Biggest Durham University donor cuts ties over Covid-19 restrictions

By and

Durham’s biggest benefactor in recent years, Mark Hillery, has indefinitely suspended all support for the University in protest against its Covid-19 measures this academic year.

The Collingwood alumnus has said he will not “visit Durham again while there is a single Covid-related rule imposed on the students”. He has also resigned from Collingwood’s external advisory board and informed the College and University that he wishes to cease all dialogue.

The University received £7million from Hillery between 2015 and 2021, making him its biggest individual donor during the time period. The hedge fund manager has been an actively engaged alumnus for more than two decades, hosting numerous finance-related talks and gaining notoriety among students for regularly putting large sums behind Collingwood bar.

Collingwood has been the principal beneficiary of his donations, receiving £4million in 2016, a record donation to the University, which funded the 200-seater Mark Hillery Arts Centre, as well as a yoga and pilates studio, bar conservatory and expanded JCR common room and gym.

“The same pedantic and ineffective policies that place students at the bottom of the pile are simply continued”

Mark Hillery

Most recently Hillery sponsored the construction of a recording studio and music practice rooms, due to be completed later this year. A Durham spokesperson expressed appreciation for Hillery’s philanthropy, describing him as “a generous benefactor to the University” and adding that his “contributions have improved our students’ experience and will continue to make an impact for many years to come”.

The University also stressed that their Covid-19 approach “has always prioritised the health, safety and wellbeing” of students and staff.

Hillery told Palatinate, “It’s a very depressing state of affairs; I had always felt a very close connection and obligation to the university and its students […] it feels odd to be so disengaged, but it is what it is now”.

The alumnus had contacted the University criticising its Covid-19 measures on multiple occasions prior to his decision. Hillery’s “step back” from his relationship with Durham University comes primarily in reaction to the decision to implement stricter Covid-19 policies than government guidelines in the 2021-22 academic year, including the decision to temporarily return to online learning at the start of this term.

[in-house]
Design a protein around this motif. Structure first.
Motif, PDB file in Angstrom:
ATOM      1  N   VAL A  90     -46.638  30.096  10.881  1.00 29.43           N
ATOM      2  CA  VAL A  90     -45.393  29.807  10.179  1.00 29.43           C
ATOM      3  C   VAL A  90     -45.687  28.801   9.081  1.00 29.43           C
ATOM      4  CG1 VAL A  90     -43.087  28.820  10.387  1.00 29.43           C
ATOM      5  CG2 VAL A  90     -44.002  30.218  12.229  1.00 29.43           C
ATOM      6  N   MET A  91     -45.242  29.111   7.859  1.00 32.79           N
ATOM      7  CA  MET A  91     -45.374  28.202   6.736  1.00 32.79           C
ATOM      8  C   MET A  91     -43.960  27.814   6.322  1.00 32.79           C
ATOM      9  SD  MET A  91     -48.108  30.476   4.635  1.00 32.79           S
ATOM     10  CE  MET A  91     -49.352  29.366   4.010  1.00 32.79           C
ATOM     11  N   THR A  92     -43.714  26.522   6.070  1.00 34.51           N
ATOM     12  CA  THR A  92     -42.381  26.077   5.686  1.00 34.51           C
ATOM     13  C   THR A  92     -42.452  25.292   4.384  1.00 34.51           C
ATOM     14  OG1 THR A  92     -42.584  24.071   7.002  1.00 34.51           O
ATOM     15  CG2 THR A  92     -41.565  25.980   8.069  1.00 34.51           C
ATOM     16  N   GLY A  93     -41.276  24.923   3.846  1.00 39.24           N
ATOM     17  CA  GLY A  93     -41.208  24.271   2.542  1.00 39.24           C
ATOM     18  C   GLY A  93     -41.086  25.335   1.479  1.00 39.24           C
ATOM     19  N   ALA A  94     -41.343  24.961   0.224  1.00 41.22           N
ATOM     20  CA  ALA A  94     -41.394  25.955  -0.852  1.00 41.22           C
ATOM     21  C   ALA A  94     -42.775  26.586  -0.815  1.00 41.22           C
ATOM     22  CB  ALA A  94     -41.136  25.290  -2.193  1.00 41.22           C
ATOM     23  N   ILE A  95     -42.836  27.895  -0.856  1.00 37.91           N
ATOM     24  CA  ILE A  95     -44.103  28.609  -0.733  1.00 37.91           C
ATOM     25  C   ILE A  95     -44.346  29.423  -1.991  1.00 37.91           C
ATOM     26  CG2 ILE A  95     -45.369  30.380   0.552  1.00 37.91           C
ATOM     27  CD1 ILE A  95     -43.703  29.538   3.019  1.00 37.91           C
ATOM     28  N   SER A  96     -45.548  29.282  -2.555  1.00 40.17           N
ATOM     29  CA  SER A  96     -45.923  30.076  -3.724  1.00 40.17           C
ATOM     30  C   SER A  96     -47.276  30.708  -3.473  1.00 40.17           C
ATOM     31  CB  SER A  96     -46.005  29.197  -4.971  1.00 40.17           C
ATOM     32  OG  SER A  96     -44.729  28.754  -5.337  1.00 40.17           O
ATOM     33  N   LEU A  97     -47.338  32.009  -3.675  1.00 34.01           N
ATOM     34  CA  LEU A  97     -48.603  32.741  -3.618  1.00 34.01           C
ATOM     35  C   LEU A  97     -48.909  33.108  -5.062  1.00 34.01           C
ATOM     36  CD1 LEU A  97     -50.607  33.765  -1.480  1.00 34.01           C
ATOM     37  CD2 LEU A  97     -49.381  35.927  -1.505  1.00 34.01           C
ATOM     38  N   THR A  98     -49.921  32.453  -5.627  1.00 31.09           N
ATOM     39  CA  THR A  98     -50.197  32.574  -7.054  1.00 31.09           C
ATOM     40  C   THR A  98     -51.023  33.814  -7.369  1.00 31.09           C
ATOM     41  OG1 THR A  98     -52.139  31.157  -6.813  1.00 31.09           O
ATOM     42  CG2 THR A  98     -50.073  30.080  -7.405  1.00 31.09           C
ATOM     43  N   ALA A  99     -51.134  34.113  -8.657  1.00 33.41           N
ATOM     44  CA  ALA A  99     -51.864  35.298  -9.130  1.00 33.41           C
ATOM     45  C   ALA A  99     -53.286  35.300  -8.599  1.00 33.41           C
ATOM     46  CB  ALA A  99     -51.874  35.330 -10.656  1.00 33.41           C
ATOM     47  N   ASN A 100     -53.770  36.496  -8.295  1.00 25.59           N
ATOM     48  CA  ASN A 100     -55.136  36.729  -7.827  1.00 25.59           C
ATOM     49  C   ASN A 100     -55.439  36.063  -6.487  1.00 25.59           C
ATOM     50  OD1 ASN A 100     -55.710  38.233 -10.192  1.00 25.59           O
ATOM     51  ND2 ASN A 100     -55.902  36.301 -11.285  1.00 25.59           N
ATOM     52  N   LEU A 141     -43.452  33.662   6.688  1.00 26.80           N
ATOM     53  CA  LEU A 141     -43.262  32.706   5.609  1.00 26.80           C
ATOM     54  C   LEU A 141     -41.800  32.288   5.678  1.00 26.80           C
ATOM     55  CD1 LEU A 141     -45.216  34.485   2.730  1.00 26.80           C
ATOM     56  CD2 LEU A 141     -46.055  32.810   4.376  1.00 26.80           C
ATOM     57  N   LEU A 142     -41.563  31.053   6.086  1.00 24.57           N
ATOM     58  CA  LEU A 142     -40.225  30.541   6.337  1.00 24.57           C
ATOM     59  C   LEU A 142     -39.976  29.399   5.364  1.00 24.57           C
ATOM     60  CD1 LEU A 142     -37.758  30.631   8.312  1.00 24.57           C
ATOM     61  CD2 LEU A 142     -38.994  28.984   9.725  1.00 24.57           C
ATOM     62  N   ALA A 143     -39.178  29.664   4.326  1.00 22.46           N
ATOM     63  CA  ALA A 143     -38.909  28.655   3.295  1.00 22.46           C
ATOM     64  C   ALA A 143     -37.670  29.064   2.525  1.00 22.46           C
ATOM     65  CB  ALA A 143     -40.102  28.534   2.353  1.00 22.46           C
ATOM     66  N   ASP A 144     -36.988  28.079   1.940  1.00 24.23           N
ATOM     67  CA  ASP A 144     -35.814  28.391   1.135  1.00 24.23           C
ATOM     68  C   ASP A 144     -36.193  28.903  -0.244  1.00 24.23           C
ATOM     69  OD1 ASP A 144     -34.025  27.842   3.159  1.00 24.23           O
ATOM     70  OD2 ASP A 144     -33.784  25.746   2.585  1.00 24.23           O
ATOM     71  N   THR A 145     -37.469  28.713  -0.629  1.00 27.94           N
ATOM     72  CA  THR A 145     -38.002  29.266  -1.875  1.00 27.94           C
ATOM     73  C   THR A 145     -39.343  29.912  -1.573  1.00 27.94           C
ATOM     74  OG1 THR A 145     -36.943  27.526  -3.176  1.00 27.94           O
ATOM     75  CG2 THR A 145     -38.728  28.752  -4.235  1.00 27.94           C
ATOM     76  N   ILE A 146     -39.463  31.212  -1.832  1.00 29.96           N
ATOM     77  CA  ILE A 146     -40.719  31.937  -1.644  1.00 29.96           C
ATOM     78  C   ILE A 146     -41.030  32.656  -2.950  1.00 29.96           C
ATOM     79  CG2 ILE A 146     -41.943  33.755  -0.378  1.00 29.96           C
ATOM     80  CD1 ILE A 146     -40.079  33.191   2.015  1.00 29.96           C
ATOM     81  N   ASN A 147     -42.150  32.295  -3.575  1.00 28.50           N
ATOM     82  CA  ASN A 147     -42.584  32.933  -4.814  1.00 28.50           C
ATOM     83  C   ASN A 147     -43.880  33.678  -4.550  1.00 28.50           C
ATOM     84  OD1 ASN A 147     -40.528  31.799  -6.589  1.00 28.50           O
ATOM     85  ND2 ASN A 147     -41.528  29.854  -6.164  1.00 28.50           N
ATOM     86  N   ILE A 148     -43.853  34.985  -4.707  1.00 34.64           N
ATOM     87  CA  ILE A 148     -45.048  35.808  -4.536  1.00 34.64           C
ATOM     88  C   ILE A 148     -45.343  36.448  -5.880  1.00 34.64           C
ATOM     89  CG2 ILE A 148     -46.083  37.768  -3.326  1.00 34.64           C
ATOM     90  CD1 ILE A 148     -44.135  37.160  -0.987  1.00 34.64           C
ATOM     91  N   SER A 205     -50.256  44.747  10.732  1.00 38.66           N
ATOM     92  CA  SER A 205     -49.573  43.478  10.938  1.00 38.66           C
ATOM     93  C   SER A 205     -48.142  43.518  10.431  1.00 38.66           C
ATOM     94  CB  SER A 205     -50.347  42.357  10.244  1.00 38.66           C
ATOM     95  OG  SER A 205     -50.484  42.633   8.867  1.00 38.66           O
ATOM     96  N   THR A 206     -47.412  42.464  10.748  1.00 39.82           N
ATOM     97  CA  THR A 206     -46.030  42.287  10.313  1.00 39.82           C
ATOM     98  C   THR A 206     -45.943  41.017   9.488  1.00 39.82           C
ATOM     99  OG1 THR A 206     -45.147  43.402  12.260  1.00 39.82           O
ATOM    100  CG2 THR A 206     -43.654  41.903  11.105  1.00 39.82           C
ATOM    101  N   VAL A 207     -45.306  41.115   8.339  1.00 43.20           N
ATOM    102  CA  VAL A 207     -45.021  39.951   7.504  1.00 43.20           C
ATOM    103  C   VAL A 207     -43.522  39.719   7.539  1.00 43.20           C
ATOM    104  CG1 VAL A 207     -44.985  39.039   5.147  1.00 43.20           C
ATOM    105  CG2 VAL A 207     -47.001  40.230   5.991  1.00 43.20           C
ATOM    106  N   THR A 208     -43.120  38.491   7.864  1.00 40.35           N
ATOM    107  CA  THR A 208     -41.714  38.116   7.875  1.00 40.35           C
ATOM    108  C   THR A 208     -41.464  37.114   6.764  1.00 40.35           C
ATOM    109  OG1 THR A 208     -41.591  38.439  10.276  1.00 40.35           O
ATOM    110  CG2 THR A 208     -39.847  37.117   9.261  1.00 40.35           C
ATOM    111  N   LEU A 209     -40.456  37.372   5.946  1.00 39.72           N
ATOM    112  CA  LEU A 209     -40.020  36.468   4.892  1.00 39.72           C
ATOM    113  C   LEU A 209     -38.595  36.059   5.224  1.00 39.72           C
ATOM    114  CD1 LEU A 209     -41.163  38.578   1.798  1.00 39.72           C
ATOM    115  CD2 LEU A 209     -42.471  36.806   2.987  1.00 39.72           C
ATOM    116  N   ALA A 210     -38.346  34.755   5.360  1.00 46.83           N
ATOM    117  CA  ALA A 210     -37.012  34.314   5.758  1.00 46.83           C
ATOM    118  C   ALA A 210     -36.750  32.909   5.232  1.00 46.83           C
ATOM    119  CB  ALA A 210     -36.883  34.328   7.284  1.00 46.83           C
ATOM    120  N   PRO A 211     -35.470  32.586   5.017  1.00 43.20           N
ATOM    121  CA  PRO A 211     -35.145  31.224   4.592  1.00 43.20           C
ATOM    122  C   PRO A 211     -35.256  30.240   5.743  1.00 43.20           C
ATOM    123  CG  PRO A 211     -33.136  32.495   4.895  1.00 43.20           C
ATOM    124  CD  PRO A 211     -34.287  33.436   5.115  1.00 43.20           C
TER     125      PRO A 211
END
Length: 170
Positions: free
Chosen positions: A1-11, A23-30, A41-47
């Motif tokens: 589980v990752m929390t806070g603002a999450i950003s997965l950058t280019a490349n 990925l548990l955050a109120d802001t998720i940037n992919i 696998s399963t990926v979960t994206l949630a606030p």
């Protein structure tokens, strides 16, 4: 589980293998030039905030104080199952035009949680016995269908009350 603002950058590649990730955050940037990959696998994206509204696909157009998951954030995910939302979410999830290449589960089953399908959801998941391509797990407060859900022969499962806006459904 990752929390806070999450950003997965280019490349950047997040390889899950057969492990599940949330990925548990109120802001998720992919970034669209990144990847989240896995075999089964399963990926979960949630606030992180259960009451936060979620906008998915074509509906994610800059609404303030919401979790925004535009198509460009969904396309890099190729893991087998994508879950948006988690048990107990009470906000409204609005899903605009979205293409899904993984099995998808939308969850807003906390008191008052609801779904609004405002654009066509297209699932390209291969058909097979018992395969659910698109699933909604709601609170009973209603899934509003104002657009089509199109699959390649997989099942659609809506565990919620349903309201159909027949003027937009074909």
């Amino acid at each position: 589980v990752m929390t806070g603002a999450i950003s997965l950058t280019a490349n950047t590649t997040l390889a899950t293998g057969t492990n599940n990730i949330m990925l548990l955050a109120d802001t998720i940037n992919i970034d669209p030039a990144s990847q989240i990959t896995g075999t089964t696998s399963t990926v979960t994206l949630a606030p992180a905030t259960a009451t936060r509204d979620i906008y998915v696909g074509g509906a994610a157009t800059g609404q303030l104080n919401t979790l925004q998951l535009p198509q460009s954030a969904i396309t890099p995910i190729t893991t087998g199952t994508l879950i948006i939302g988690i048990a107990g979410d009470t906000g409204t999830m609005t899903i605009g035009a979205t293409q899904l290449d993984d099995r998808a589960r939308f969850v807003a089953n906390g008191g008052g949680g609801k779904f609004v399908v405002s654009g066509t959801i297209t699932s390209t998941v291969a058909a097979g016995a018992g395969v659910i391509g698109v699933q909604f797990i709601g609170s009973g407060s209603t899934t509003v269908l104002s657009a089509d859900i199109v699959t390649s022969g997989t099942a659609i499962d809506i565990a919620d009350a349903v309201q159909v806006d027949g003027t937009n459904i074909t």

“Urgency that should have been displayed to fully normalise [the University] to the same status as the rest of society has not been there. The same pedantic and ineffective policies that place the priorities of the paying students at the bottom of the pile are simply continued and refined […] it’s tiring to watch.”

Whilst University restrictions largely fell within the Government’s guidelines last academic year, measures this year have gone beyond official advice on numerous occasions.

The University returned to online teaching for the majority of courses in the first two weeks of this term, despite Department of Education guidance telling universities they should “ensure that they deliver face-to-face teaching without restrictions” in tandem with the removal of ‘Plan B’ restrictions in January.

Durham explained the policy by citing the need to “monitor local and national case rates, with a changed community prevalence, and ensure that our Covid controls are appropriate”.

“If the University turns around and finally drops the insanity as a statement of policy then great, but it’s all far too little too late”

Mark hillery

The Government also advised that “providers should continue to make efforts to reduce the risk of transmission where appropriate”, but stressed that “they should not put in place measures which limit the teaching and learning outcome for students, or significantly limit the wider activities offered”.